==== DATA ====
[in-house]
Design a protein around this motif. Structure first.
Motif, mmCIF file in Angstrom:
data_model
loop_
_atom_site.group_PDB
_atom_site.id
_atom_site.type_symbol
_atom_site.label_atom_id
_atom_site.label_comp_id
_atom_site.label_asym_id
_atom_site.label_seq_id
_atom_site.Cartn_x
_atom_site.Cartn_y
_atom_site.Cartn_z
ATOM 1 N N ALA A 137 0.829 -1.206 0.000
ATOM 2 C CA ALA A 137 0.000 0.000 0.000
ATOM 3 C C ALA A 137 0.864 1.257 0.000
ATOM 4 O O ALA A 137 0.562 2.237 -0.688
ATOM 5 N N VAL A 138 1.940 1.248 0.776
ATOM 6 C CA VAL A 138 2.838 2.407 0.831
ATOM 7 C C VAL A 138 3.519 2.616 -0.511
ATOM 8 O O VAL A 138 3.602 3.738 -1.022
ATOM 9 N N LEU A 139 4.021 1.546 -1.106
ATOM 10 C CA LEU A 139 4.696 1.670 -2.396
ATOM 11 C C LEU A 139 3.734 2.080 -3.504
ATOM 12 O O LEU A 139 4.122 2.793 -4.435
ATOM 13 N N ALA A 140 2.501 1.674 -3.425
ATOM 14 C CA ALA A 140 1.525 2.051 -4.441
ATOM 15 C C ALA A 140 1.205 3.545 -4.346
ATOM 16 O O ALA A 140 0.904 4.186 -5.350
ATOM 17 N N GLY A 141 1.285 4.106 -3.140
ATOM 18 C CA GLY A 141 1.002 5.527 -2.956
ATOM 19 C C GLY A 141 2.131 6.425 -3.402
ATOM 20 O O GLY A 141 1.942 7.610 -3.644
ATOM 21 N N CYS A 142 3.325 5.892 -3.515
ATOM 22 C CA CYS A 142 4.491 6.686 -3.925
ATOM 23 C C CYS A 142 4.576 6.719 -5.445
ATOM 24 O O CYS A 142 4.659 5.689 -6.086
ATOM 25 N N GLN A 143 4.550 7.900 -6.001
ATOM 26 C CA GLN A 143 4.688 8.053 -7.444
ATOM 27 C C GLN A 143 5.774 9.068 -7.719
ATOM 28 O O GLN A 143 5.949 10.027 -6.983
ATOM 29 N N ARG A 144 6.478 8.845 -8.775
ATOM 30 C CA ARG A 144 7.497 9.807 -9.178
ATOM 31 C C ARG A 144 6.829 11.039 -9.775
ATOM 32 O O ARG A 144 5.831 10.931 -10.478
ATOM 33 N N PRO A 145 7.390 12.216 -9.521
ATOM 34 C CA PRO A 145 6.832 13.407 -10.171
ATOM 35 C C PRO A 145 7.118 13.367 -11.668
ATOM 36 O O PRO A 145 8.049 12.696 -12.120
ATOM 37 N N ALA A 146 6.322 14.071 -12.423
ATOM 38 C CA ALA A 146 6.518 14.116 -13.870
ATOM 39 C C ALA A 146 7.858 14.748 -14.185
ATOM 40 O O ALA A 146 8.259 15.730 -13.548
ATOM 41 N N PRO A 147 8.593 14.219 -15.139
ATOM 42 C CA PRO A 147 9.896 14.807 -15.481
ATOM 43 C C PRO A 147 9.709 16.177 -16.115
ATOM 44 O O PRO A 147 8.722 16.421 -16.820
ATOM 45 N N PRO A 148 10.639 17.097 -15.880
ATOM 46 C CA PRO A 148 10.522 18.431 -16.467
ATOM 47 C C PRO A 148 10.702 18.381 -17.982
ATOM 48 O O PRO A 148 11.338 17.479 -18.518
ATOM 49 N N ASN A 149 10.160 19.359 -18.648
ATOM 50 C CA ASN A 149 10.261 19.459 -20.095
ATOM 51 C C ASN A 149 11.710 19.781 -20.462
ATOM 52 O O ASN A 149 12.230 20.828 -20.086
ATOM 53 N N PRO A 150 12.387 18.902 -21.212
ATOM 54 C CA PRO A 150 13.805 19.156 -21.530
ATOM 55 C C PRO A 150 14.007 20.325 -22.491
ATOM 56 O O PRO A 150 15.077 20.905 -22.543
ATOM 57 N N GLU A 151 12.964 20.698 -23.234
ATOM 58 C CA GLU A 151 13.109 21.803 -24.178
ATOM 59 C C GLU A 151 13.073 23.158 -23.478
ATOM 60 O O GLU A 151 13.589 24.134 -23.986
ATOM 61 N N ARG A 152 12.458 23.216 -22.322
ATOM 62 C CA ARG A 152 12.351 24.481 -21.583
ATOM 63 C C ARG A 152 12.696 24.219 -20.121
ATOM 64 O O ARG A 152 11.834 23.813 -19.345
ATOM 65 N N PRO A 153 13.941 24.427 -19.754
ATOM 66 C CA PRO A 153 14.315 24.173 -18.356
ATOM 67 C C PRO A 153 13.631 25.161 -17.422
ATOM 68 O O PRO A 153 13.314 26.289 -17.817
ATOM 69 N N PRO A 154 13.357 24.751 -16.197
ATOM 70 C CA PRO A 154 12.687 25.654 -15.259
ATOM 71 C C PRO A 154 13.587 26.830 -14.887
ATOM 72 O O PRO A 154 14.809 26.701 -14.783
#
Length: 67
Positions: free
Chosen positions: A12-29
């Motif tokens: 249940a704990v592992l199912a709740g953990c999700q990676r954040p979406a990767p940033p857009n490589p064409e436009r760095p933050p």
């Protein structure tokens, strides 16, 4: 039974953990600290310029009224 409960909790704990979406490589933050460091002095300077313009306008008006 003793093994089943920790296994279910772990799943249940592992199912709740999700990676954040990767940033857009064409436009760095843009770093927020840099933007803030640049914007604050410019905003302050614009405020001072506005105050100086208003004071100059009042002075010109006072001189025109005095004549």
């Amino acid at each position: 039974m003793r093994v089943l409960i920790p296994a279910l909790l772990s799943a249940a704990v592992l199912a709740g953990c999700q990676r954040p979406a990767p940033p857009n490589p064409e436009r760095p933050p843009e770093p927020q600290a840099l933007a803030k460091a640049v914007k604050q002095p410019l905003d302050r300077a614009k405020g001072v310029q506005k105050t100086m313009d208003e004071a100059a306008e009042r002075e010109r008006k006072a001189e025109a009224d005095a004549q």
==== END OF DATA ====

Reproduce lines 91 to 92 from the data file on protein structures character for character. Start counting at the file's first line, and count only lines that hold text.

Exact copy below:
Chosen positions: A12-29
């Motif tokens: 249940a704990v592992l199912a709740g953990c999700q990676r954040p979406a990767p940033p857009n490589p064409e436009r760095p933050p």